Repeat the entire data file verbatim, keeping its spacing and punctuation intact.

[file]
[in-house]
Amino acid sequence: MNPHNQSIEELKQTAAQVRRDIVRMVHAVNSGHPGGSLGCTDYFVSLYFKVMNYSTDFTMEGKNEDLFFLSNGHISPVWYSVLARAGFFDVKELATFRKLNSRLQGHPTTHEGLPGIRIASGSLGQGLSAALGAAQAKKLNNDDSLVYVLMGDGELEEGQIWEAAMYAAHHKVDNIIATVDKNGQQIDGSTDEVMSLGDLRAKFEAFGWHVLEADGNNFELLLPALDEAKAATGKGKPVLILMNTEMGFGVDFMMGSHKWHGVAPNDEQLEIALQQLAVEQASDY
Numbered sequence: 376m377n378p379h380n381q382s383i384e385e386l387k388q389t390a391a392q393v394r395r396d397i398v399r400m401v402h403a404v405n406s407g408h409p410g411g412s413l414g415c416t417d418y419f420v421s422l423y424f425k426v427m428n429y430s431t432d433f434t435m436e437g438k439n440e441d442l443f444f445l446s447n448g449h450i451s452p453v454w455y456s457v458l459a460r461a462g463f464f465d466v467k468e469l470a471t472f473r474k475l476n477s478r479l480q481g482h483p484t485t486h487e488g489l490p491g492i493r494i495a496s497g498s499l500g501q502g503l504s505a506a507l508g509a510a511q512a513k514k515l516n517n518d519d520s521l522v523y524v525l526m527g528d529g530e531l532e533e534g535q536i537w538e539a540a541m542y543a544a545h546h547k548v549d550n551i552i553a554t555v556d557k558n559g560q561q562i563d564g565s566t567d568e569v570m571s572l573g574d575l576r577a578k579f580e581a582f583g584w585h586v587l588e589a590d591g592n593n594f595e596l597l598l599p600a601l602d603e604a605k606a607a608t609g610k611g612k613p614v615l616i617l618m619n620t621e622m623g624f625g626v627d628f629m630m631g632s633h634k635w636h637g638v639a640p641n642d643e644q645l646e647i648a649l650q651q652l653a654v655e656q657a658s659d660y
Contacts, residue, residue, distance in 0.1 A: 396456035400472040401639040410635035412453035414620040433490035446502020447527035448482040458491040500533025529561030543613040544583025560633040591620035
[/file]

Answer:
[in-house]
Amino acid sequence: MNPHNQSIEELKQTAAQVRRDIVRMVHAVNSGHPGGSLGCTDYFVSLYFKVMNYSTDFTMEGKNEDLFFLSNGHISPVWYSVLARAGFFDVKELATFRKLNSRLQGHPTTHEGLPGIRIASGSLGQGLSAALGAAQAKKLNNDDSLVYVLMGDGELEEGQIWEAAMYAAHHKVDNIIATVDKNGQQIDGSTDEVMSLGDLRAKFEAFGWHVLEADGNNFELLLPALDEAKAATGKGKPVLILMNTEMGFGVDFMMGSHKWHGVAPNDEQLEIALQQLAVEQASDY
Numbered sequence: 376m377n378p379h380n381q382s383i384e385e386l387k388q389t390a391a392q393v394r395r396d397i398v399r400m401v402h403a404v405n406s407g408h409p410g411g412s413l414g415c416t417d418y419f420v421s422l423y424f425k426v427m428n429y430s431t432d433f434t435m436e437g438k439n440e441d442l443f444f445l446s447n448g449h450i451s452p453v454w455y456s457v458l459a460r461a462g463f464f465d466v467k468e469l470a471t472f473r474k475l476n477s478r479l480q481g482h483p484t485t486h487e488g489l490p491g492i493r494i495a496s497g498s499l500g501q502g503l504s505a506a507l508g509a510a511q512a513k514k515l516n517n518d519d520s521l522v523y524v525l526m527g528d529g530e531l532e533e534g535q536i537w538e539a540a541m542y543a544a545h546h547k548v549d550n551i552i553a554t555v556d557k558n559g560q561q562i563d564g565s566t567d568e569v570m571s572l573g574d575l576r577a578k579f580e581a582f583g584w585h586v587l588e589a590d591g592n593n594f595e596l597l598l599p600a601l602d603e604a605k606a607a608t609g610k611g612k613p614v615l616i617l618m619n620t621e622m623g624f625g626v627d628f629m630m631g632s633h634k635w636h637g638v639a640p641n642d643e644q645l646e647i648a649l650q651q652l653a654v655e656q657a658s659d660y
Contacts, residue, residue, distance in 0.1 A: 396456035400472040401639040410635035412453035414620040433490035446502020447527035448482040458491040500533025529561030543613040544583025560633040591620035